As in Donnie Darko, Stranger Things sees a portal opening from a small ’80s suburban town into the actual darkness that lurks all around it. The show’s protagonists are pretty much all outcasts. A group of four children — all Dungeons and Dragons fanatics — seek shelter from the bullies in the imaginary world in which they can band together to fight the likes of the Demogorgon. One of them — who other students have deemed queer based on his smallness and their perception of him as effeminate — is abducted by a monster with an oddly floral visage and taken via portal into a world later referred to as “The Upside Down,” a carbon copy of our world, but dark, apocalyptic and unpopulated, but for by the monster. If these kids seem to come from Stand By Me, the character of Eleven, a near-mute telekinetic little girl who opened the portal, is certainly something of an E.T. parallel (she even gets put in a pink dress and a blond wig à la E.T.) And while the group of nerds are surely mini-societal outsiders, her alienation — as a mute with powers who grew up in a lab — and heroization therein is even more literal.
This character isn’t dissimilar to Midnight Special‘s protagonist, Alton, who, like Eleven, is pursued by sinister institutions who want to make them their captive savior, and whose diminutive stature is paired with immense powers that he has a hard time containing. Both struggle deeply to live in this world — and in Midnight Special, a second (though far pleasanter) dimension is also opened up by the child character.
It should be mentioned that in just about all of these films, the protagonists likewise come from broken or highly dysfunctional homes — they live within spaces that are emblematic of American ideals, and their lives are predisposed to not being accepted by their peers, who fight the threat of social asymmetry with bullying. Often ostracized and aggressed, their fantasies of escape are manifested in the imposition of science fictional motifs in their normal worlds. The escape isn’t always good — in Stranger Things, Poltergeist and Donnie Darko, the opening of other dimensions only reinforces notions of the darkness that underlies our own — but it almost always seems to come from characters who need and fantasize escape from their zeitgeist.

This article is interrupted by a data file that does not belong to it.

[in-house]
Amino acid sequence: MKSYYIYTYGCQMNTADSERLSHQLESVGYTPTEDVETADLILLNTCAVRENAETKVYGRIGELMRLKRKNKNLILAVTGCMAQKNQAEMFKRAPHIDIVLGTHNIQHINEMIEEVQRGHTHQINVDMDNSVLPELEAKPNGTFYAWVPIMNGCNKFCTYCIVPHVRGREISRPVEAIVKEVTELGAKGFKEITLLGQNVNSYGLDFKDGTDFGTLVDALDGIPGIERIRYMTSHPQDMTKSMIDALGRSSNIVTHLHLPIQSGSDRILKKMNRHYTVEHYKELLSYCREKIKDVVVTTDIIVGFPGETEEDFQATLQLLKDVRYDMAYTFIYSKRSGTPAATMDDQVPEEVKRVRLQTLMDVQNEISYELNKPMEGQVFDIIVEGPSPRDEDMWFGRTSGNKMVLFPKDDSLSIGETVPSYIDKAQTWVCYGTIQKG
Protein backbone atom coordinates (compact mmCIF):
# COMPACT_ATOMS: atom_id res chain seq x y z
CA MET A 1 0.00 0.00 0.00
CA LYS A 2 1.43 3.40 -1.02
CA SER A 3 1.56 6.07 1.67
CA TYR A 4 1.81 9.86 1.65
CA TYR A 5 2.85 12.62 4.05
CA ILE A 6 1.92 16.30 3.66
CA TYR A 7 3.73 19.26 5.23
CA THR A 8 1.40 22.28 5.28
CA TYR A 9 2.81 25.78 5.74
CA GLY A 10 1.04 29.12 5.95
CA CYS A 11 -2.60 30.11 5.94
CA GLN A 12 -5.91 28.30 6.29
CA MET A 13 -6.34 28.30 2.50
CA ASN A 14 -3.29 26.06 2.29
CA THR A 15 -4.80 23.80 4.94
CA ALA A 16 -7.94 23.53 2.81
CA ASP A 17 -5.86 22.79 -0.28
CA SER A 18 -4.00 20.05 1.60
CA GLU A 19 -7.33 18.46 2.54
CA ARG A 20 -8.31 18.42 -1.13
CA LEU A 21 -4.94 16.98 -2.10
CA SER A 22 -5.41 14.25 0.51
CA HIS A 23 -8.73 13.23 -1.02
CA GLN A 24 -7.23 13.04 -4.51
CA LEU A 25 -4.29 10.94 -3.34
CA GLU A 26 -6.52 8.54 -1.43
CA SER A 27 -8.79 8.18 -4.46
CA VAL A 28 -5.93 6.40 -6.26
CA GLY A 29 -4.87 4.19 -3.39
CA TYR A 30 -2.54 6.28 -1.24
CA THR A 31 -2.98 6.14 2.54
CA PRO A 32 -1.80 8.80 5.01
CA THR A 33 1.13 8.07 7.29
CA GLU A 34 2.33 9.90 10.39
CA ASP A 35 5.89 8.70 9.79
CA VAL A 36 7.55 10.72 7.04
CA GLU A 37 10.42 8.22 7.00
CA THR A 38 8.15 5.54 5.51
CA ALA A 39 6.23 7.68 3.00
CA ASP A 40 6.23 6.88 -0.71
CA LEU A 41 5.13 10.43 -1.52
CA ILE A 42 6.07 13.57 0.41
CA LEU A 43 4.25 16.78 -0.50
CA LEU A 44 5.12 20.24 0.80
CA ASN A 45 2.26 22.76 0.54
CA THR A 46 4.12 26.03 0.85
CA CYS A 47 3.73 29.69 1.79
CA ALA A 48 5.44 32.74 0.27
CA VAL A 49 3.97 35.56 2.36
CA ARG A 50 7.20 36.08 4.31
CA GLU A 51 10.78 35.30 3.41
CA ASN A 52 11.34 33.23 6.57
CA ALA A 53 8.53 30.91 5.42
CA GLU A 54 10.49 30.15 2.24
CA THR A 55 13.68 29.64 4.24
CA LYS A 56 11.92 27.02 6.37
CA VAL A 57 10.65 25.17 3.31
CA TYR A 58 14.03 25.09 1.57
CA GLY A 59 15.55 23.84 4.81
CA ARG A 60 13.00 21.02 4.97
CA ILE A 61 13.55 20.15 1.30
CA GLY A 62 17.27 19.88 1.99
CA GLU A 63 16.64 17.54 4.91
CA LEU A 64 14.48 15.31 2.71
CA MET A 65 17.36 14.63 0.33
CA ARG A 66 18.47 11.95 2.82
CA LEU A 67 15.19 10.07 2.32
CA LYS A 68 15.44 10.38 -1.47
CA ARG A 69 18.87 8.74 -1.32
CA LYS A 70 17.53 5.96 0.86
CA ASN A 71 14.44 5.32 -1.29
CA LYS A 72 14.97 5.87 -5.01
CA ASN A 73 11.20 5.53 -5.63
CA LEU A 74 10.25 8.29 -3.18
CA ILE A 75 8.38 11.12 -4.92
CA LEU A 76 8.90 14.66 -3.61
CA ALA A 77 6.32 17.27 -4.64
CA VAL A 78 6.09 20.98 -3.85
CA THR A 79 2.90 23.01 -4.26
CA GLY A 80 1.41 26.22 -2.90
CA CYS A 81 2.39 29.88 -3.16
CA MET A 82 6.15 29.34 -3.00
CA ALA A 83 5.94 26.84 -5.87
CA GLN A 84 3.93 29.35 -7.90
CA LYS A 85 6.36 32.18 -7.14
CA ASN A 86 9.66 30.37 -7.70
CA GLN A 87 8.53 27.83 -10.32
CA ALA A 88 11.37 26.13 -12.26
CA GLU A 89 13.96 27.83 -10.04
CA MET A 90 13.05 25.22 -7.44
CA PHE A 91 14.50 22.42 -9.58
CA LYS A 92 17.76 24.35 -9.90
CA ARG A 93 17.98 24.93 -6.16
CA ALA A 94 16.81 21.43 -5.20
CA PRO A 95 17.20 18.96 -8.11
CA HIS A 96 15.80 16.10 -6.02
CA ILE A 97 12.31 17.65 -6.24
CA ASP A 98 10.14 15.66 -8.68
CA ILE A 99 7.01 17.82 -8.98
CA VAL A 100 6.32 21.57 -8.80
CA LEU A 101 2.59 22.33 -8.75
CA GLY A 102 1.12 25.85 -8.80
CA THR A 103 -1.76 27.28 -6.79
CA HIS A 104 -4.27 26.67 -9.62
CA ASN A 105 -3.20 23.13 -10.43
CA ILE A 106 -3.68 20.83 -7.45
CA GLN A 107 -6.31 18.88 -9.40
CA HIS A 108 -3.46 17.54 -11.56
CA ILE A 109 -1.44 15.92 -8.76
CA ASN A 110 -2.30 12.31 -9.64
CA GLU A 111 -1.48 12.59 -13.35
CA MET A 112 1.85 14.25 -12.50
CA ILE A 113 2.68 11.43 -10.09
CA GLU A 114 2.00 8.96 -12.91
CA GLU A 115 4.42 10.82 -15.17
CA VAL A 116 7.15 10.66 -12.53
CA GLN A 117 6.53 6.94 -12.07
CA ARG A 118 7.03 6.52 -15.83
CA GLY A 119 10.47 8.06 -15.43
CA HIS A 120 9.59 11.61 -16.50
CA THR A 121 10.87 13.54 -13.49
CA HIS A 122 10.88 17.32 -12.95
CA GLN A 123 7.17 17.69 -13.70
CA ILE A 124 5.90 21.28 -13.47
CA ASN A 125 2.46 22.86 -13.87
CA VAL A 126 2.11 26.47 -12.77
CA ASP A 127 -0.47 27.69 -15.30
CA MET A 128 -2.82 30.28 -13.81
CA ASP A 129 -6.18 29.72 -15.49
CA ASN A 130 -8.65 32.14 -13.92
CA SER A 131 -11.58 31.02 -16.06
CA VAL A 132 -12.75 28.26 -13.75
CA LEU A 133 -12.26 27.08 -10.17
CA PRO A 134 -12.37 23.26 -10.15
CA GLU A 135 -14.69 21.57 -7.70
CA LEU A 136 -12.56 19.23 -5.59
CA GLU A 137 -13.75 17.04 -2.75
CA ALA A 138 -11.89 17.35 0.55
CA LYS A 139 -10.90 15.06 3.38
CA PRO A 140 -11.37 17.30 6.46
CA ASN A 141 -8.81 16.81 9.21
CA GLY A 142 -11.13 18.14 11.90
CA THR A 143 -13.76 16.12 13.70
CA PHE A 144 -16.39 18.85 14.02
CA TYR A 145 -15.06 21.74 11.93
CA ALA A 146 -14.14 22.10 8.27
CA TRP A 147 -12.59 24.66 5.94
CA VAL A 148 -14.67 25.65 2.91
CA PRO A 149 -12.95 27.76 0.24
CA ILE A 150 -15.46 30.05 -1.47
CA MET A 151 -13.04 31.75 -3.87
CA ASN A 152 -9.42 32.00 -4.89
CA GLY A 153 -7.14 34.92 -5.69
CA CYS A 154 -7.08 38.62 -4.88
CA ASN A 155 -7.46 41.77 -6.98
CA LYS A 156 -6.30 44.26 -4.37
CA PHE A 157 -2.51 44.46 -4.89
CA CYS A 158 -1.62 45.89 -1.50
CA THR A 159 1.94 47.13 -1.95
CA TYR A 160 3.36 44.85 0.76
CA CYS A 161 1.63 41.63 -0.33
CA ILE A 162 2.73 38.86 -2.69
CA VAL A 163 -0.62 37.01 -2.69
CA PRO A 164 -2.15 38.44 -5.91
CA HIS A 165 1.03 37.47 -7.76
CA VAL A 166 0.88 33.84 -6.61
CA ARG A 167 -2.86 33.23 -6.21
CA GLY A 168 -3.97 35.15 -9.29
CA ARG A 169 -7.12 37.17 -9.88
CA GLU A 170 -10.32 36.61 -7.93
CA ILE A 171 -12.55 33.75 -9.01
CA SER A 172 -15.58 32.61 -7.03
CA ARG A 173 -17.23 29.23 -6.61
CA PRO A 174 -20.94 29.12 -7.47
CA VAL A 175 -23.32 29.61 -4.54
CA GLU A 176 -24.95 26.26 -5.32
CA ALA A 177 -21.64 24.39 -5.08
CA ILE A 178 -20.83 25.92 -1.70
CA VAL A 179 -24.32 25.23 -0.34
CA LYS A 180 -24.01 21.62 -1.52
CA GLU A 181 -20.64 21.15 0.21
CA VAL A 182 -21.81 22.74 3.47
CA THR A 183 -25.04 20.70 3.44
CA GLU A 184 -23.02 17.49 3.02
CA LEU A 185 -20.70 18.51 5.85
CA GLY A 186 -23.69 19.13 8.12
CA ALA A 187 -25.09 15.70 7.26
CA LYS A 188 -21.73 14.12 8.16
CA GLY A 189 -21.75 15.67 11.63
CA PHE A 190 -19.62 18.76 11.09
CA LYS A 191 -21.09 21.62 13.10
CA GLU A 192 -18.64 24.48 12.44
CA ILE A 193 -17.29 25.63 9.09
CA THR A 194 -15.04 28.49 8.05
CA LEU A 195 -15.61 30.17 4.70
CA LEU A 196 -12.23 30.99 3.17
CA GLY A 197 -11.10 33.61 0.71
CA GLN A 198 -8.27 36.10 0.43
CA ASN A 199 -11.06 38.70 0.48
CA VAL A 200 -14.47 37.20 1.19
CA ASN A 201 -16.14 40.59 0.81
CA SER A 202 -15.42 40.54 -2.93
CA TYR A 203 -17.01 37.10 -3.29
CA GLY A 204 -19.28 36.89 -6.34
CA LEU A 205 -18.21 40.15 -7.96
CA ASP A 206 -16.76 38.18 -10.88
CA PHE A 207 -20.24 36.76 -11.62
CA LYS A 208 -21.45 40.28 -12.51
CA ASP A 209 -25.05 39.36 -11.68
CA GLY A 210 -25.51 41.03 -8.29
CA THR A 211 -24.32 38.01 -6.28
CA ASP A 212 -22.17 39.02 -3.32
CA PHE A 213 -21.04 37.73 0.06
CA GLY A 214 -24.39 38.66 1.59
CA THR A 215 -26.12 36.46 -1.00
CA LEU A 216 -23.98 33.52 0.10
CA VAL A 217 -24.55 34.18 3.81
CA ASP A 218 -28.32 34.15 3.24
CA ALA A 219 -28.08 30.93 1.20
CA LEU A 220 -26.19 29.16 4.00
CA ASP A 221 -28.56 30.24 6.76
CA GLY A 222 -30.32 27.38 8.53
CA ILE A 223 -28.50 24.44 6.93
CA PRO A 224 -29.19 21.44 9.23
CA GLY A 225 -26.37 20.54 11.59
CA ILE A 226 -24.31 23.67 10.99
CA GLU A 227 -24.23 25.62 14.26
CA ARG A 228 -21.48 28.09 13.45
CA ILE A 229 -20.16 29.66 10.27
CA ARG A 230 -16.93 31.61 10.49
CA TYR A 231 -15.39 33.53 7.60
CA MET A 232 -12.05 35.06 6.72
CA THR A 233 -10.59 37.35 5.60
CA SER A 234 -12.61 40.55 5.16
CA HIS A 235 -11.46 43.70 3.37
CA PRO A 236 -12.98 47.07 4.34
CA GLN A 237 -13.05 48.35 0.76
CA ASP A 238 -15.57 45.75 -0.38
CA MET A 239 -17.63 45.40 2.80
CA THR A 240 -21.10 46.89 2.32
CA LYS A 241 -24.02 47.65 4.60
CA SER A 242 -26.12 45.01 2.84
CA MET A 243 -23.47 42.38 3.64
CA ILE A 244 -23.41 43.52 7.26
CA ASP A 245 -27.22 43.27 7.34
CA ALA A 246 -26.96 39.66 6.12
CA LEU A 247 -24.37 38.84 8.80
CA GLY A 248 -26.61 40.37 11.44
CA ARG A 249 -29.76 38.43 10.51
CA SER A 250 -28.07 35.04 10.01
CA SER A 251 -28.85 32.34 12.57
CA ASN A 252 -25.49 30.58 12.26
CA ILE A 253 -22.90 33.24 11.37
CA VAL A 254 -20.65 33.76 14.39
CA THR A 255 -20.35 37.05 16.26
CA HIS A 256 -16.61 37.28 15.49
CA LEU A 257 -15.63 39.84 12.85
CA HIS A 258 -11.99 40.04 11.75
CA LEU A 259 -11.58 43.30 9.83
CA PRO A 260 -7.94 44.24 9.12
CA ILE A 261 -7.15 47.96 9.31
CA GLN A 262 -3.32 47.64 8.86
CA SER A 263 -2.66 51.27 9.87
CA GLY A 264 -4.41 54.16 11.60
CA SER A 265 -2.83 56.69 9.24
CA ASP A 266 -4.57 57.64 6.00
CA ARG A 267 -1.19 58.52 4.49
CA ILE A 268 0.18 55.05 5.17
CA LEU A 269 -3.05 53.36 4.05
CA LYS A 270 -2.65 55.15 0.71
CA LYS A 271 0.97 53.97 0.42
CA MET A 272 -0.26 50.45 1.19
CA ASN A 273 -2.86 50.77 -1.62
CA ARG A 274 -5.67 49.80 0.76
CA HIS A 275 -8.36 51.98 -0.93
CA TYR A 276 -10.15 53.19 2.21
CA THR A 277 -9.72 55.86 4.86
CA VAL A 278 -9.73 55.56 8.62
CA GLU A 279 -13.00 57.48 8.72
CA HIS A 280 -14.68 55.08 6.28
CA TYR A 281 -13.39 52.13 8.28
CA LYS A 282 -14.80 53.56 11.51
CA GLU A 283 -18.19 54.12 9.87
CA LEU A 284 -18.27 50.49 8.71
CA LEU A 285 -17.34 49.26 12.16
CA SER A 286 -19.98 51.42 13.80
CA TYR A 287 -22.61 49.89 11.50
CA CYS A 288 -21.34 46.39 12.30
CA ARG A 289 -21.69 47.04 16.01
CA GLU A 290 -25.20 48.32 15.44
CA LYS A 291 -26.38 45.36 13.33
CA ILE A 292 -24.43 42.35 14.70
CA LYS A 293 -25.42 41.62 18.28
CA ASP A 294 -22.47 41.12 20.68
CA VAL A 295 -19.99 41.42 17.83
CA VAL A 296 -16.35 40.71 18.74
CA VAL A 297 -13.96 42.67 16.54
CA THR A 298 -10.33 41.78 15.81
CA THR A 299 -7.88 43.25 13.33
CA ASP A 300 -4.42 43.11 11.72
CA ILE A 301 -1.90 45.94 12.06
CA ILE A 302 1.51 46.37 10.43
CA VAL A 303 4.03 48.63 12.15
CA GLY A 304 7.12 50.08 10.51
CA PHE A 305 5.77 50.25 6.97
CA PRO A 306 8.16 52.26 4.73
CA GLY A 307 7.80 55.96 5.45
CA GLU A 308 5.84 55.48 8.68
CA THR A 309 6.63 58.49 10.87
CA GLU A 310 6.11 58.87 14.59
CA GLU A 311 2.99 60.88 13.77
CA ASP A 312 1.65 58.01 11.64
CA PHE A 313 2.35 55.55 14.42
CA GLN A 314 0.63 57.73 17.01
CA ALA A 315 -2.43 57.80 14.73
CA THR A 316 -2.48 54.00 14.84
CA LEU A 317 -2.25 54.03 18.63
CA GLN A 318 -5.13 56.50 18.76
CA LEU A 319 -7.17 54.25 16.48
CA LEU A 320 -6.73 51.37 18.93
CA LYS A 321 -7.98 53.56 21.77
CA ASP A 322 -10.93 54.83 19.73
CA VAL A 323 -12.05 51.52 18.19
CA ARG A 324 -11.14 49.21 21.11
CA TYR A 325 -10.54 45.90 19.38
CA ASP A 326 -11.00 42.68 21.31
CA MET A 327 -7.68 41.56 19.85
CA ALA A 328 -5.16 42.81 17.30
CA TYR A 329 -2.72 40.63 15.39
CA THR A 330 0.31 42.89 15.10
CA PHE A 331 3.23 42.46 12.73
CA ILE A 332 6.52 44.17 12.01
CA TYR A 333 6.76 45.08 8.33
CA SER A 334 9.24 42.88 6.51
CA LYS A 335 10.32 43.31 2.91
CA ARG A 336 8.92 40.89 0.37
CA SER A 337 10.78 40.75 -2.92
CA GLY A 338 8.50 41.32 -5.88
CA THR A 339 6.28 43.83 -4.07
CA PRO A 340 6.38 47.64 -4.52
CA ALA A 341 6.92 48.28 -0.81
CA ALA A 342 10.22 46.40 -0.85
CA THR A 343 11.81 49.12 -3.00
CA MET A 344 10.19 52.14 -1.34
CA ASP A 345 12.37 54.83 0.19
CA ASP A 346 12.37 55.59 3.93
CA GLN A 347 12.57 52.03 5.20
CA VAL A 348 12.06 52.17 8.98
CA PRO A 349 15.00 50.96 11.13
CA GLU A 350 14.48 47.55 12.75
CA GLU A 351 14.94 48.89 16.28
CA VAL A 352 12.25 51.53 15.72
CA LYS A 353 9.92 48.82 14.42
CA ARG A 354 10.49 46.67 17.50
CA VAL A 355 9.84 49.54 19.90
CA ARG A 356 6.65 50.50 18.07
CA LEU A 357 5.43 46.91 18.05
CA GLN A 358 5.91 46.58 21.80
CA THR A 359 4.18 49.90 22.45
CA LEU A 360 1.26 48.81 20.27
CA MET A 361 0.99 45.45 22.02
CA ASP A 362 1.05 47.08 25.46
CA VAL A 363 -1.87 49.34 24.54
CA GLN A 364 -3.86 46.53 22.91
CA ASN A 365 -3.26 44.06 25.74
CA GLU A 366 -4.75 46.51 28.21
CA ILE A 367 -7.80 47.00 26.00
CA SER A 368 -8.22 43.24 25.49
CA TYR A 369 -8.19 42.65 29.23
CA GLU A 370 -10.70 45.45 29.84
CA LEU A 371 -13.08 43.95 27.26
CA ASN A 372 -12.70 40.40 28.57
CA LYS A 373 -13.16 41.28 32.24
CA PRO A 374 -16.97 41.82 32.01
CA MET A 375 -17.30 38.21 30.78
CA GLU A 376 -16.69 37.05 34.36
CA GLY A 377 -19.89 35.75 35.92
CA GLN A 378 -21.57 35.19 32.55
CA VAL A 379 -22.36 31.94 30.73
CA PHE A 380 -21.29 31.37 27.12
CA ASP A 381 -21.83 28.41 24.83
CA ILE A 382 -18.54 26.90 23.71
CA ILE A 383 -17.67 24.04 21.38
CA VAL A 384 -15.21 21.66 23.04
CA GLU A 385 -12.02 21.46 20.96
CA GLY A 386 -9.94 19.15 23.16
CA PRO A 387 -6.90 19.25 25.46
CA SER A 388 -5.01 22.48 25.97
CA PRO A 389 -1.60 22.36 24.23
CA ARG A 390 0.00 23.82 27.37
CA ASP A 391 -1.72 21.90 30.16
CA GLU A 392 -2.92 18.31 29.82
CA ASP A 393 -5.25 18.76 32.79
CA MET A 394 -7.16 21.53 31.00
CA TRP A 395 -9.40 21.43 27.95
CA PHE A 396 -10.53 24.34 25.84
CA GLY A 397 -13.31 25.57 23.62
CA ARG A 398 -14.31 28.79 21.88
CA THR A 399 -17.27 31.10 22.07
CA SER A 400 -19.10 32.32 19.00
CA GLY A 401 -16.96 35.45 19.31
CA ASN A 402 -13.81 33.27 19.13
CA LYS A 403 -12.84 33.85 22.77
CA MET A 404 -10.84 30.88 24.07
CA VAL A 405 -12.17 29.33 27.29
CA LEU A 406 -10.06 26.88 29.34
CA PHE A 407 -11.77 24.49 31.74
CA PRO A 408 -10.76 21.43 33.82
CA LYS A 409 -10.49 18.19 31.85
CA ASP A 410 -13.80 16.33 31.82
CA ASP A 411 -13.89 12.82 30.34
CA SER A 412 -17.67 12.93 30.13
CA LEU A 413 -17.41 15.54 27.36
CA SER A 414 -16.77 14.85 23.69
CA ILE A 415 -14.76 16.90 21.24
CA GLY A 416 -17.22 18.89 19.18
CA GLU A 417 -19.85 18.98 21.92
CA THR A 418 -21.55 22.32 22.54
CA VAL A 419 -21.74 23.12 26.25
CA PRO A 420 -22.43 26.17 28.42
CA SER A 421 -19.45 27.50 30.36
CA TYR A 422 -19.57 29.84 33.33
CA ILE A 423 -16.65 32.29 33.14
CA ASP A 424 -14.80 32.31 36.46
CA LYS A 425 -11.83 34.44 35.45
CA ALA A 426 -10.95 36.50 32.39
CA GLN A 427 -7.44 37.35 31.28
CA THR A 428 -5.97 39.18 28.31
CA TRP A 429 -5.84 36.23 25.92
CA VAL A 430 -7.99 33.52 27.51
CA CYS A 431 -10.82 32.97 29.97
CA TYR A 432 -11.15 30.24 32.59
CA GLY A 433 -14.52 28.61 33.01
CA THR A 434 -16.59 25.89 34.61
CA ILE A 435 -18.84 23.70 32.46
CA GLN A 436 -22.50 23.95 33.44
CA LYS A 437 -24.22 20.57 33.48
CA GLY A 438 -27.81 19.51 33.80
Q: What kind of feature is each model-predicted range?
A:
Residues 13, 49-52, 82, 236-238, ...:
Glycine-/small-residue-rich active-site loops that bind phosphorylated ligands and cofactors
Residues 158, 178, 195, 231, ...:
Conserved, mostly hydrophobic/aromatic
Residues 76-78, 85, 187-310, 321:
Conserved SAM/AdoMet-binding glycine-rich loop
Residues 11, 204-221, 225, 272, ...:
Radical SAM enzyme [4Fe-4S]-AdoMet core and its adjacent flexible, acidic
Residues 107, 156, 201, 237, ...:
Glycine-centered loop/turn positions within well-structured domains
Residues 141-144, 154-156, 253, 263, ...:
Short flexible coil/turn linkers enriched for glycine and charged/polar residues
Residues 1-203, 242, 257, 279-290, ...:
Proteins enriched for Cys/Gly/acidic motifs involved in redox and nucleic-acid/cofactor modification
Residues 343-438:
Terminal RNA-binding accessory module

If there was a sweet optimism in the notion in some of the actual films from the ’80s regarding young protagonists and their abilities to transcend their times or simply find comfort in their marginal niches, what’s the implication when so many films/series look longingly back to an era that was longingly looking away from itself? I wonder if these ’80s nostalgia pieces actually glorify the ’80s as a whole as much as they long for a time when escape from their times seemed like viable options. The ’80s fetish in film/TV perhaps isn’t about the ’80s — it’s about using an era that cinematically was all about escape as a surrogate for the current era we’d all probably like to escape. The ’80s saw America beginning to resemble — as far as class divides, and as far as the drive of conservatism were concerned — what it does today. The reign of computers on daily life was starting to be spoken of as a near-future fantasy, and the reign of Reagan’s reshaping of American politics was just forming; perhaps all of this felt more elastic then. These things have now calcified and are deeply embedded in our existence. It’s not that the ’80s were truly worthy of optimism — it’s just that escapist narratives back then didn’t seem quite so farfetched.